HARRISBURG – Pennsylvania House Republican members called on Gov. Tom Wolf to sign House Bill 59
, the comprehensive Human Services Code bill that would help provide critical treatment to opioid abusers; prevent fraud, waste and abuse within the welfare system; pave a pathway to prosperity for those who can work; and save taxpayers hundreds of millions of dollars through reforms.
Under Wolf, taxpayer spending for the Department of Human Services (DHS) now equals 38 percent of the overall state budget, and the Medicaid component itself accounts for almost 21.5 percent of the state budget.
|Speaker of the House Mike Turzai signs House Bill 59,
the comprehensive Human Services Code bill that would
help provide critical treatment to opioid abusers;
prevent fraud, waste and abuse within the welfare system;
pave a pathway to prosperity for those who can work;
and save taxpayers hundreds of millions of dollars through reforms.
Despite a budget crisis that sees families struggling to keep up with the governor’s demands for more of their hard-earned dollars, Wolf has rapidly expanded entitlement rolls to record levels and now vows to veto this reform measure.
“We are calling on Gov. Wolf to set aside politics and sign commonsense welfare reforms into law,” said Rep. Kerry Benninghoff (R-Centre/Mifflin). “Welfare is a huge, ever-growing cost driver in our state budget. These reforms can help to curb those costs, and should be a no-brainer, regardless of what side of the aisle you sit on.”
House Bill 59 would control costs while providing access to those who truly need assistance. The bill would help fight the ongoing opioid crisis by requiring the Department of Human Services to submit a federal waiver so federal dollars can be used for opioid abusers’ treatment after 15 days of inpatient treatment, which is currently prohibited.
The bill also extends provider submissions for child welfare placement costs, preserving nearly $31 million in federal Title IV-E placement maintenance funds. A veto of this bill by the governor would cause the Commonwealth to lose those funds.
“Together, we have a responsibility to provide for the most vulnerable and needy among us,” said Rep. Dan Moul (R-Adams). “We can compassionately take care of those in need while also ensuring the source of that care – taxpayer dollars – is used wisely, efficiently and effectively.”
The bill would also require DHS to seek cost-saving waivers from the federal government prior to seeking additional funding from taxpayers.
“The Department of Human Services (DHS) routinely overspends its budget and needlessly looks to the General Assembly to bail it out,” said Moul. “We shouldn’t be looking to take more from Pennsylvania families when other resources already exist.”
The bill also requires DHS to contract out evaluations of programs that will identify and prevent fraud, waste and abuse.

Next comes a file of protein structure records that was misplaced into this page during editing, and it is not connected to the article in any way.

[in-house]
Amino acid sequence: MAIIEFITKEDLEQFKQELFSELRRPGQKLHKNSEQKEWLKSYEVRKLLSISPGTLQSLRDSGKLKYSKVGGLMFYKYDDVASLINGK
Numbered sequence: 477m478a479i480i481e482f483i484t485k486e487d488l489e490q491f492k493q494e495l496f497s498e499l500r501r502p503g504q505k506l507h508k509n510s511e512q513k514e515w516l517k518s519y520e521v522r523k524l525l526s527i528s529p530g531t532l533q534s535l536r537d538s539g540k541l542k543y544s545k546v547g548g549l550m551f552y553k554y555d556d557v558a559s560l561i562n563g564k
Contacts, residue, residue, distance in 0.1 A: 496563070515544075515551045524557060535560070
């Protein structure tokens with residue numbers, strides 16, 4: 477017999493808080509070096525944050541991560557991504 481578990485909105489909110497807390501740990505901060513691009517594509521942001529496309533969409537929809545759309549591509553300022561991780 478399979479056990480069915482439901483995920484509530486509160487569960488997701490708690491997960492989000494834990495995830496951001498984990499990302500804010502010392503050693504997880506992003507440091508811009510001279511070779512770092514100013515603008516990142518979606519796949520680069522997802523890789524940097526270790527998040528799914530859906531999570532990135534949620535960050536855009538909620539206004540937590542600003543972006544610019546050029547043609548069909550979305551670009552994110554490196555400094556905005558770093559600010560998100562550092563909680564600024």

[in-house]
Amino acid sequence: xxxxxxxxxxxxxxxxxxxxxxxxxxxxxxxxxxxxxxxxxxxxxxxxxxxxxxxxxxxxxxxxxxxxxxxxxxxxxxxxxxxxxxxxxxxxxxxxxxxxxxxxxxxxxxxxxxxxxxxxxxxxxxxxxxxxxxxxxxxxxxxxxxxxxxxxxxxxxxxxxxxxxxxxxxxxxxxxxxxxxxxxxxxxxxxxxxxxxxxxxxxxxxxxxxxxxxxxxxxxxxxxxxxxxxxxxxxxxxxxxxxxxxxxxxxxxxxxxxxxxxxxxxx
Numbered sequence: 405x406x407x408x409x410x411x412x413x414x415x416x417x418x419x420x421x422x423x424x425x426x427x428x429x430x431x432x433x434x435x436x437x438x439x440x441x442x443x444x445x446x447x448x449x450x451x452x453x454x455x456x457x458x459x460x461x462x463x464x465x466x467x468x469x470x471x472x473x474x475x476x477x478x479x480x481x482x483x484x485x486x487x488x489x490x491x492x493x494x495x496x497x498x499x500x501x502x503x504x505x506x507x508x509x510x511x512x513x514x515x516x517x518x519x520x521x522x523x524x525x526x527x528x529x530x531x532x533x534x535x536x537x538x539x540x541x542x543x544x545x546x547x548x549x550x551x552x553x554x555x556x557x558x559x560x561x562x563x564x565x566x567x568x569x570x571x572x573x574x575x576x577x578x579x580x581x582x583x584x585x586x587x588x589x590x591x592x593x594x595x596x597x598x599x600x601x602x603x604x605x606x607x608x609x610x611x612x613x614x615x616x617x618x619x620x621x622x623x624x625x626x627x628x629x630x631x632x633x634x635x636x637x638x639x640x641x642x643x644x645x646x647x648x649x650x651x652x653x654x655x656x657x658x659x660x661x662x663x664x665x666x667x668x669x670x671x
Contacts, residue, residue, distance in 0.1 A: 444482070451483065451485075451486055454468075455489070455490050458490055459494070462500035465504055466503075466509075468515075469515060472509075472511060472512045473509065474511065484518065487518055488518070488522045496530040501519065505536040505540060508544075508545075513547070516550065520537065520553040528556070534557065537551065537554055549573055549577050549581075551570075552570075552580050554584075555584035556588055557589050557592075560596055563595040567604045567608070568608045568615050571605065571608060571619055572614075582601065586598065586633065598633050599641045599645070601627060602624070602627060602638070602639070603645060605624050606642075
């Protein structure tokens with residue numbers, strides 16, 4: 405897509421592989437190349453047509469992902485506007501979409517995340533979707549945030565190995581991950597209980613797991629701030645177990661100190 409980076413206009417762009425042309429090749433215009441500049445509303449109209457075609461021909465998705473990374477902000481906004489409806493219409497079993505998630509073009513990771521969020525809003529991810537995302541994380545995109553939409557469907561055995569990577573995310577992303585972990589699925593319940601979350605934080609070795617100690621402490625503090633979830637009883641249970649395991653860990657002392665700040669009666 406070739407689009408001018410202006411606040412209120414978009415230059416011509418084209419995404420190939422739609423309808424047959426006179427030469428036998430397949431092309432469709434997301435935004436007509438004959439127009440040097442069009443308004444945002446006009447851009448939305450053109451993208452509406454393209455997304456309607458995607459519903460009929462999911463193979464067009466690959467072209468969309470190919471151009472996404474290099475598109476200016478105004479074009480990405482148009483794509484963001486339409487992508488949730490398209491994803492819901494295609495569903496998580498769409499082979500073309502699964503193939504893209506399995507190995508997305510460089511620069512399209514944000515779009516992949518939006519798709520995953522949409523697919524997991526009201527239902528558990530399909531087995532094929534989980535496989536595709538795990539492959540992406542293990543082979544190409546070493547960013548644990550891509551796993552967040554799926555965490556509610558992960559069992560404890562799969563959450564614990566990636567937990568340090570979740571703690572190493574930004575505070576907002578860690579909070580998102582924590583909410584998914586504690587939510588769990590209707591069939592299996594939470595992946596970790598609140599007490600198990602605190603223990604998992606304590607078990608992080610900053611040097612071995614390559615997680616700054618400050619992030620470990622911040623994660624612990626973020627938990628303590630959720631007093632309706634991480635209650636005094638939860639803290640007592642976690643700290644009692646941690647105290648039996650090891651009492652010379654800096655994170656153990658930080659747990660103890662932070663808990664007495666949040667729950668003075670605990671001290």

“Every taxpayer dollar spent frivolously or fraudulently is a dollar that could have been spent on a Pennsylvanian truly in need,” Benninghoff said. “Pennsylvanians are generous people, who are glad to support their neighbors facing difficulty, but they rightfully expect their hard-earned money to be spent efficiently and fairly.”
House Bill 59 also seeks to pave a path to prosperity for able-bodied Pennsylvanians. In March 2017, the Centers for Medicare and Medicaid Services (CMS) sent a letter to state governors indicating it will begin to approve provisions related to “training, employment and independence” restrictions for Medicaid. Reasonable work requirements are intended to encourage self-sufficiency and ultimately lead to people being removed from the welfare rolls. The language in House Bill 59 directs the administration to pursue a waiver.
“Entitlement programs too often trap able-bodied people. We want to break the chains of dependence and get as many able-bodied people into good-paying jobs as possible,” Majority Leader Dave Reed (R-Indiana) said. “Why would anyone oppose able people working?”
Rep. Tarah Toohil (R-Luzerne) agreed. “The reforms included in House Bill 59 would have a big impact on moving our impoverished citizens into the workforce. We need to be moving mothers and fathers into positions where they can be productive members of society, rather than folks trapped in the welfare system.”
House Majority Whip Bryan Cutler (R-Lancaster) said the bill is also an important step toward addressing the state’s budget problems in the long term. “It’s time to break the dysfunctional budget cycle that we’ve been stuck in the last few years. As there is always a significant disparity between spending and revenue plans, we must have serious conversations about cost drivers that cause this,” he said. “By considering each program that receives funding and making sensible changes, we can improve our ability to meet the state’s needs for those who are needy without delay and uncertainty.”
As he signed the bill on the House floor today, Speaker of the House Mike Turzai (R-Allegheny) said, “These reforms are needed. They bring integrity into our programs and they are responsible. These reforms are a perfect example of ‘government that works.’”
Representative Mike Turzai
Pennsylvania House of Representatives